Adobe Flash malware attacks on the rise

McAfee Labs has reported a 317 percent surge in Adobe Flash malware attacks in the first quarter

Attackers’ attention appears to have been diverted from Java and Microsoft Silverlight to un-patched Flash vulnerabilities.

In the month of May McAfee Labs Threat Report, researchers gave several factors as a cause including the technology’s popularity, users’ delay in applying patches, new methods of exploitation, an increase in mobile devices compatible with Flash files, and the difficulty in detecting some exploits.

“With the popularity of a product like Flash, there comes a tremendous responsibility to proactively identify and mitigate security issues potentially threatening millions of users,” Vincent Weafer, senior vice president of McAfee Labs, said in a statement.

McAfee urges businesses and individuals to “be more diligent” in keeping products updated with the latest security patches.

However, hackers still manage to find a way in: Intel Security’s Threats Report also touched on a wave of new ransomware, driven by CTB-Locker, Teslacrypt, and new versions of CryptoWall, TorrentLocker, and BandarChor.

CTB-Locker in particular runs what McAfee called “clever techniques” for evading security software; its higher-quality phishing emails and “affiliate” program can easily dupe users into making ransom payments.

The May 2015 McAfee Labs Threats Report also identified a slight decline in new PC malware, 49 percent growth in mobile malware, SSL-related attacks, and spam botnets that push pharmaceuticals, steal credit cards, and offer “shady” social media marketing tools.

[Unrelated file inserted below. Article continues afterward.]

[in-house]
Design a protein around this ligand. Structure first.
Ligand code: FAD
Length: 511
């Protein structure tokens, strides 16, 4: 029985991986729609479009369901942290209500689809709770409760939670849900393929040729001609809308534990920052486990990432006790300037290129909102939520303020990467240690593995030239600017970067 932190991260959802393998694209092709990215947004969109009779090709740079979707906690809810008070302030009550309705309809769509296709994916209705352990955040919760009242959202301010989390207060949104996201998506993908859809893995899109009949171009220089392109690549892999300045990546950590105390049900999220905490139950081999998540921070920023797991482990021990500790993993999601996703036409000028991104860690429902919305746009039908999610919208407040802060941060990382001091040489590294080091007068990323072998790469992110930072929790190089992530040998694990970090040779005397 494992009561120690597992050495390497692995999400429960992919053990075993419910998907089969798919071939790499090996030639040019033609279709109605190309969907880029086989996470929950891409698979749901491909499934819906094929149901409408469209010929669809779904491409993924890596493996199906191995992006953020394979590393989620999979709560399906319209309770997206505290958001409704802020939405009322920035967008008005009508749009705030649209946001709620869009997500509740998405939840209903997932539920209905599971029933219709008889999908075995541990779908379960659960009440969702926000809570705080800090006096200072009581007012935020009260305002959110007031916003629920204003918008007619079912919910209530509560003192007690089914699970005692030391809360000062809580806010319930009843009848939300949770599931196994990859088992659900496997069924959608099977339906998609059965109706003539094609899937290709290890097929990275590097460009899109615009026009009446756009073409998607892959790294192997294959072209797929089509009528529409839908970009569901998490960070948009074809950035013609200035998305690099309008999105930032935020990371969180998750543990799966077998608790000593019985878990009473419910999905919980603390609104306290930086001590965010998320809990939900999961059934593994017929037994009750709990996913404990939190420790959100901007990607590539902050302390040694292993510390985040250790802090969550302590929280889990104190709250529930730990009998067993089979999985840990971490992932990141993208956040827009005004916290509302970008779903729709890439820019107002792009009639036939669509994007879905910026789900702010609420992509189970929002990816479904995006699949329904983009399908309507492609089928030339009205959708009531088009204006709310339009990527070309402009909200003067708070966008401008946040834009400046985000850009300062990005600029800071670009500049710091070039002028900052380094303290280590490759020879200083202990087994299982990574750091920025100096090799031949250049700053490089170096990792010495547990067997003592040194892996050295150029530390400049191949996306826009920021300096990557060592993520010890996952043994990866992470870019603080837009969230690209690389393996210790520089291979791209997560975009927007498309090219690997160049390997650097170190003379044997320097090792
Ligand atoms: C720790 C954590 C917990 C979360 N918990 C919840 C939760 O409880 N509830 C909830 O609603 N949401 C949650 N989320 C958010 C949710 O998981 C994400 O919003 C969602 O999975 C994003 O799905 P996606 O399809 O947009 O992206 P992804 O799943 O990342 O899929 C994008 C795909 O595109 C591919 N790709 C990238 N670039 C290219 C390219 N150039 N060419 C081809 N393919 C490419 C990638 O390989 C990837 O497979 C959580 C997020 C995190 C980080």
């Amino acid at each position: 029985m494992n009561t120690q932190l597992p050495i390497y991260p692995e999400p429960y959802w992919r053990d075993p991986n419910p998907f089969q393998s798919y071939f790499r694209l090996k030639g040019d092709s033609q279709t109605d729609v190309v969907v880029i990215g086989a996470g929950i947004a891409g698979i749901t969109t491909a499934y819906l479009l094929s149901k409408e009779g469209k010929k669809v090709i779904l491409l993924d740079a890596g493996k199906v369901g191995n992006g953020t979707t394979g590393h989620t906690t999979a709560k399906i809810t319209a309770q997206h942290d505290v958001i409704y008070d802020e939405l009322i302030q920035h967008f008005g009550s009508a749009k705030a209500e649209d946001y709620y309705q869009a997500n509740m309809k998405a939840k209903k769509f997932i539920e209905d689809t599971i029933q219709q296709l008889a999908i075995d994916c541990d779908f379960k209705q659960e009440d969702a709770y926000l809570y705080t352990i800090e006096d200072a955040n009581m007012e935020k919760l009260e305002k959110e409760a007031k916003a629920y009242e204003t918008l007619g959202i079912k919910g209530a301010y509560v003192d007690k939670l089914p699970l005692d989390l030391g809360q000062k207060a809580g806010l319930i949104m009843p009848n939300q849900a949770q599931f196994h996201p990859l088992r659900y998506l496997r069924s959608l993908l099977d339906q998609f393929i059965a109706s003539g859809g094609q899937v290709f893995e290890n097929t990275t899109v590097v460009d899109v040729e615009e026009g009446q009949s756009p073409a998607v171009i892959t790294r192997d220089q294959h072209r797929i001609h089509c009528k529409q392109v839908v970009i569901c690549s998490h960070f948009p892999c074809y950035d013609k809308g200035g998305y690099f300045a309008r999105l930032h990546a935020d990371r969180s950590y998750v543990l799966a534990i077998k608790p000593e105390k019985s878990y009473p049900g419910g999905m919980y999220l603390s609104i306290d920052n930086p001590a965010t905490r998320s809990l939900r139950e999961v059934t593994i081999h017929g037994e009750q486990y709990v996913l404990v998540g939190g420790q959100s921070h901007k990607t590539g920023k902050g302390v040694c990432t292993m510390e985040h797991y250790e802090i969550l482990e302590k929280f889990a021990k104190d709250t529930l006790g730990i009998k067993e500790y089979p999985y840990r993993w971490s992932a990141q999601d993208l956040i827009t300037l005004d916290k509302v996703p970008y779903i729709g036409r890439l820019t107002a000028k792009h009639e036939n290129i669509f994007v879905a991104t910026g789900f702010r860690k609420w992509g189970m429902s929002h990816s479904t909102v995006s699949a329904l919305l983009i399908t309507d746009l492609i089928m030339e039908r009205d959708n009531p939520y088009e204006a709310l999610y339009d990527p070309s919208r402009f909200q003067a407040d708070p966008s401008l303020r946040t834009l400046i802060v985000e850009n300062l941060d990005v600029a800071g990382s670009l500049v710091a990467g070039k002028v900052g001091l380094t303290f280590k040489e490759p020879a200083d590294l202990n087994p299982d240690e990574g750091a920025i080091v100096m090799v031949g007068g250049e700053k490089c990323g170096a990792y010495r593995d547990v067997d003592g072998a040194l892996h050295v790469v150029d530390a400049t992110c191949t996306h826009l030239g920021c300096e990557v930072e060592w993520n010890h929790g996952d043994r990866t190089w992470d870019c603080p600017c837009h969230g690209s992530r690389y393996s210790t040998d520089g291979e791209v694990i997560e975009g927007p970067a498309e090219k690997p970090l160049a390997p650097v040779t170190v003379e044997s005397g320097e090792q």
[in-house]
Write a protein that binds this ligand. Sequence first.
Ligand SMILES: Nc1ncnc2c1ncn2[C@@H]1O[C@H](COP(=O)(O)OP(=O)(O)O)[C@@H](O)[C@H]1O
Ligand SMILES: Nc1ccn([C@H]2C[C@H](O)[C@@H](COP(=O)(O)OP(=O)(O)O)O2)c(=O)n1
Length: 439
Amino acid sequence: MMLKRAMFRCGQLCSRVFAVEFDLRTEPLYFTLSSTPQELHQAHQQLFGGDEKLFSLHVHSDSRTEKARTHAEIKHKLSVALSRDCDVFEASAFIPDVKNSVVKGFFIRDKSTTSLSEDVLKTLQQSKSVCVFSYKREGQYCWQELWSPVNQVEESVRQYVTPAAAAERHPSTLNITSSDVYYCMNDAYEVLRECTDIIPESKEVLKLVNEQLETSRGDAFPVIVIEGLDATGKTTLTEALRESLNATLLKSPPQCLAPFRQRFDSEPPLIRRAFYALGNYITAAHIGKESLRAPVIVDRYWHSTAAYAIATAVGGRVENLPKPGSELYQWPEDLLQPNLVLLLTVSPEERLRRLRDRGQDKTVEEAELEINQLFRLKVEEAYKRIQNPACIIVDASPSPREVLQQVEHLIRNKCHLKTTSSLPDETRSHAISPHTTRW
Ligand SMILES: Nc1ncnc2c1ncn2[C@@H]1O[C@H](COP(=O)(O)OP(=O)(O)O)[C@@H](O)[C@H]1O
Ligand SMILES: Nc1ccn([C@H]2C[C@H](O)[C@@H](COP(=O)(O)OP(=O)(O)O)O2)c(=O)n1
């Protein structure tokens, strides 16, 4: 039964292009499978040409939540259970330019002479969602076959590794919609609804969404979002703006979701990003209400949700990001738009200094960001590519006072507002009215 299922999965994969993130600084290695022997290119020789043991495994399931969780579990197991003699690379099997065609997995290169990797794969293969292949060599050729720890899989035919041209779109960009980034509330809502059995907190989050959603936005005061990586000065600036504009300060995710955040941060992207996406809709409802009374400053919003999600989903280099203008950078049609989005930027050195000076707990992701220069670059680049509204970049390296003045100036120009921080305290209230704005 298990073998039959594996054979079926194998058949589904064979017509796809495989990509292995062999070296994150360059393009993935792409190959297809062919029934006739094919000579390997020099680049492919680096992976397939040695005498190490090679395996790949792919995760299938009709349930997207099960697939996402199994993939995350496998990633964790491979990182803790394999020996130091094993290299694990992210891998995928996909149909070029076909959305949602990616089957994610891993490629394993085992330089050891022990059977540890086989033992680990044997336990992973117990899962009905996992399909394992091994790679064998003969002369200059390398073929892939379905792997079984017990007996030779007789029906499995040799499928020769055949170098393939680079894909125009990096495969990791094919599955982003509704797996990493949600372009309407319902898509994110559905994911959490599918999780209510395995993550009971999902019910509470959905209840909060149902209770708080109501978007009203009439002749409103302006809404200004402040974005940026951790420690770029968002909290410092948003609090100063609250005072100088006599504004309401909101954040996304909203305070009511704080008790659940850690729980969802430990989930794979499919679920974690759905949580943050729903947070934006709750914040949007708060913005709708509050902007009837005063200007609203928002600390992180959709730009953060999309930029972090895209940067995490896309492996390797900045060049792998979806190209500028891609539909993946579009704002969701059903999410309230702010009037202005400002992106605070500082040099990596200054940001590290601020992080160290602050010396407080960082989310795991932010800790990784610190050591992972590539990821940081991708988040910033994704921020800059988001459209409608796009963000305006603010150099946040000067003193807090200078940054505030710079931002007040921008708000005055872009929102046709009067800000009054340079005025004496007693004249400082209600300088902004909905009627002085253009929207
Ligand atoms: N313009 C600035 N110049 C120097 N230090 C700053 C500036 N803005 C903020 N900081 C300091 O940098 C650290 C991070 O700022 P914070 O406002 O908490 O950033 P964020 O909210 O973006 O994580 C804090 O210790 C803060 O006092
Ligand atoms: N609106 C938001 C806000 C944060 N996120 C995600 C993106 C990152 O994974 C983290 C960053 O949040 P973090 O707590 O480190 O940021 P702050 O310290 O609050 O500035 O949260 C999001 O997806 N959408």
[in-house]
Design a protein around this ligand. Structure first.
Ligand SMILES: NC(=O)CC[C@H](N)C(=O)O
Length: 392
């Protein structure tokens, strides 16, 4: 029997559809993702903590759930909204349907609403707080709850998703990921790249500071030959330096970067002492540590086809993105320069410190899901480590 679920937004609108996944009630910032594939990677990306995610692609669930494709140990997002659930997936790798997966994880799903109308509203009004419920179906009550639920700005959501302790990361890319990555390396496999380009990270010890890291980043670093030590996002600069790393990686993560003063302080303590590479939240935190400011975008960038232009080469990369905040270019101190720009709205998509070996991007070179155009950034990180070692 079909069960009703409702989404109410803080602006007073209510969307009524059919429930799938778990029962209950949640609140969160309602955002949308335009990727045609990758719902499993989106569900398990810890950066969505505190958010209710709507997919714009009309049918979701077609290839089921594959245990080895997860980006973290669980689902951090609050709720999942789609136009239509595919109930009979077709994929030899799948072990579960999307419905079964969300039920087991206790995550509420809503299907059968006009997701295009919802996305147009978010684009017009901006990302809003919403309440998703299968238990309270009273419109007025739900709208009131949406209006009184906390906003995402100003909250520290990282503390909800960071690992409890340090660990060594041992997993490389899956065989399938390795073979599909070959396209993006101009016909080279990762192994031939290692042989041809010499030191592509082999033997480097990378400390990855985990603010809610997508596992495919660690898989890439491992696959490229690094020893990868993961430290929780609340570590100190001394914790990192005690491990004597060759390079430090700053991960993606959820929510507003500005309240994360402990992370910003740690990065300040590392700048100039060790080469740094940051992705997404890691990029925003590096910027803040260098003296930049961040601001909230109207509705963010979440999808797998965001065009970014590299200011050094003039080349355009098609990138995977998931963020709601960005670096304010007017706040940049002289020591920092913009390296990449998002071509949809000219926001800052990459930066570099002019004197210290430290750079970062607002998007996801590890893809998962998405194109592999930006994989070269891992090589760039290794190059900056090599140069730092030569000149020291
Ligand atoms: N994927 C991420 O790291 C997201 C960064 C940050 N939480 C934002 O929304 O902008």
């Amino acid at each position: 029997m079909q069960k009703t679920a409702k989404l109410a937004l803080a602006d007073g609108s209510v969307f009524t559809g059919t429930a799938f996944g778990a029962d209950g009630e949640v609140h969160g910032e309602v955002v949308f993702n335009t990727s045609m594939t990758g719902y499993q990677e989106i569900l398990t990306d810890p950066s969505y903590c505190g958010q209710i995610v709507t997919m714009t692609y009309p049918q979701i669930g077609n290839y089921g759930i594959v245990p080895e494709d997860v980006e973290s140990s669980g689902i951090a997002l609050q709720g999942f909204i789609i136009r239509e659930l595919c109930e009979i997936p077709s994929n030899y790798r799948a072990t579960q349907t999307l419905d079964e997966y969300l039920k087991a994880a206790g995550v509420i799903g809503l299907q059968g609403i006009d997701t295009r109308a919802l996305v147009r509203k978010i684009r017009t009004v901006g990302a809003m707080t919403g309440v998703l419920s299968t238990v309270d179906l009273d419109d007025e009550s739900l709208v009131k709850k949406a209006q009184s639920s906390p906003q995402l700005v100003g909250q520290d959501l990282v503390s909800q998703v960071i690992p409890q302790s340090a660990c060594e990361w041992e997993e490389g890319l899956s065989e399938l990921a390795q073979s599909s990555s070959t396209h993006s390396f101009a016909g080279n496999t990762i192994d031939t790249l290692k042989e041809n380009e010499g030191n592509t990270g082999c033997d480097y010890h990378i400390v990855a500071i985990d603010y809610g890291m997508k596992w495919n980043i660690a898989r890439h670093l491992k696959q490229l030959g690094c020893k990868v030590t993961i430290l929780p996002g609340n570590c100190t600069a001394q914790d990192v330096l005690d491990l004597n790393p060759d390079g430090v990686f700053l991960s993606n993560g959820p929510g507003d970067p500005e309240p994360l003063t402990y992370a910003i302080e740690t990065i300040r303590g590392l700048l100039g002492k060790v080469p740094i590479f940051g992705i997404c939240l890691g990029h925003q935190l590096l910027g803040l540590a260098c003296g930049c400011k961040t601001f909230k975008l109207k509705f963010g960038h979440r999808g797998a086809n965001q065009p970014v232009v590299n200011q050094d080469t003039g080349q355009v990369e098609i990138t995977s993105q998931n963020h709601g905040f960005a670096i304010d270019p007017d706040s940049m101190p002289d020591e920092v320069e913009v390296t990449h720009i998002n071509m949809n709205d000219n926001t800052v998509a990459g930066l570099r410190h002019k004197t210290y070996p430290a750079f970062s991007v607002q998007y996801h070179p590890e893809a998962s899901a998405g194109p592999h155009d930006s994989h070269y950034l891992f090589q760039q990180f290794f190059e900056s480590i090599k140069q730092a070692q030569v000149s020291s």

Via PC Mag


Ephraim Batambuze III

Digital guy, Web developer, Tech blogger, Gadgets Reviews, Geeky dad. Twitter:@batambuze WhatsApp/Telegram:+256781665128 Skype:ebatambuze

One Comment

  1. Practically a decade after Flash was popularized, and we are still grappling with attacks that target this venerable software – I still remember poring through those “Get started with Flash Programming” books at that time.

    Ironically, Adobe is highly active (in recent years anyway) in seeking to eliminate bugs, which just shows that hackers will always be able to find flaws in software deployed on end-user devices. The trick is hence to be able to quickly isolate and detect a breach in the corporate network – and rectify it before damage is done. – Paul Mah, commenting on behalf of IDG and FireEye.

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